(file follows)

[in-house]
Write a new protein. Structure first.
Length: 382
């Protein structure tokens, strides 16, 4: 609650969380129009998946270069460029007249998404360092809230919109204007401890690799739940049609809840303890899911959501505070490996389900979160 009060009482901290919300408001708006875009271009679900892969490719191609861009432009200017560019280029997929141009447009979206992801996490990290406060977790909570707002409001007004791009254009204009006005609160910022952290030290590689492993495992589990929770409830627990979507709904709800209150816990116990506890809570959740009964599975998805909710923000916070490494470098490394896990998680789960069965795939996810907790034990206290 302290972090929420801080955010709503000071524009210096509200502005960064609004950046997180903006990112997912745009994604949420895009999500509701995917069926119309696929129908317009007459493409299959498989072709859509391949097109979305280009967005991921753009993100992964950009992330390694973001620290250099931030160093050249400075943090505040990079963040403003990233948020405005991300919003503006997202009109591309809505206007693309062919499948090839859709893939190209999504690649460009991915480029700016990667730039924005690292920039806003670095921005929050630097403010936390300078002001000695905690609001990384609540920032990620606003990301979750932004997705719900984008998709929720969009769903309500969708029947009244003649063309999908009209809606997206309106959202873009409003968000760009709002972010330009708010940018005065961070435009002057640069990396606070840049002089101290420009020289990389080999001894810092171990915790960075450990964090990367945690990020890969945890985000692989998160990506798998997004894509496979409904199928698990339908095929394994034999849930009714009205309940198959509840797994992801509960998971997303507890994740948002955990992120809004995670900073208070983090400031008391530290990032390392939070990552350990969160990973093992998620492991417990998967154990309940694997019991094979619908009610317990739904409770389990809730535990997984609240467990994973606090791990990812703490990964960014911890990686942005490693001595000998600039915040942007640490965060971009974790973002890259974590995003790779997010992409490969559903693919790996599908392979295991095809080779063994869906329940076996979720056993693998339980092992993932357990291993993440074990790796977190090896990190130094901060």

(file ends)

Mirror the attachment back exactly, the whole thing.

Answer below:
[in-house]
Write a new protein. Structure first.
Length: 382
């Protein structure tokens, strides 16, 4: 609650969380129009998946270069460029007249998404360092809230919109204007401890690799739940049609809840303890899911959501505070490996389900979160 009060009482901290919300408001708006875009271009679900892969490719191609861009432009200017560019280029997929141009447009979206992801996490990290406060977790909570707002409001007004791009254009204009006005609160910022952290030290590689492993495992589990929770409830627990979507709904709800209150816990116990506890809570959740009964599975998805909710923000916070490494470098490394896990998680789960069965795939996810907790034990206290 302290972090929420801080955010709503000071524009210096509200502005960064609004950046997180903006990112997912745009994604949420895009999500509701995917069926119309696929129908317009007459493409299959498989072709859509391949097109979305280009967005991921753009993100992964950009992330390694973001620290250099931030160093050249400075943090505040990079963040403003990233948020405005991300919003503006997202009109591309809505206007693309062919499948090839859709893939190209999504690649460009991915480029700016990667730039924005690292920039806003670095921005929050630097403010936390300078002001000695905690609001990384609540920032990620606003990301979750932004997705719900984008998709929720969009769903309500969708029947009244003649063309999908009209809606997206309106959202873009409003968000760009709002972010330009708010940018005065961070435009002057640069990396606070840049002089101290420009020289990389080999001894810092171990915790960075450990964090990367945690990020890969945890985000692989998160990506798998997004894509496979409904199928698990339908095929394994034999849930009714009205309940198959509840797994992801509960998971997303507890994740948002955990992120809004995670900073208070983090400031008391530290990032390392939070990552350990969160990973093992998620492991417990998967154990309940694997019991094979619908009610317990739904409770389990809730535990997984609240467990994973606090791990990812703490990964960014911890990686942005490693001595000998600039915040942007640490965060971009974790973002890259974590995003790779997010992409490969559903693919790996599908392979295991095809080779063994869906329940076996979720056993693998339980092992993932357990291993993440074990790796977190090896990190130094901060």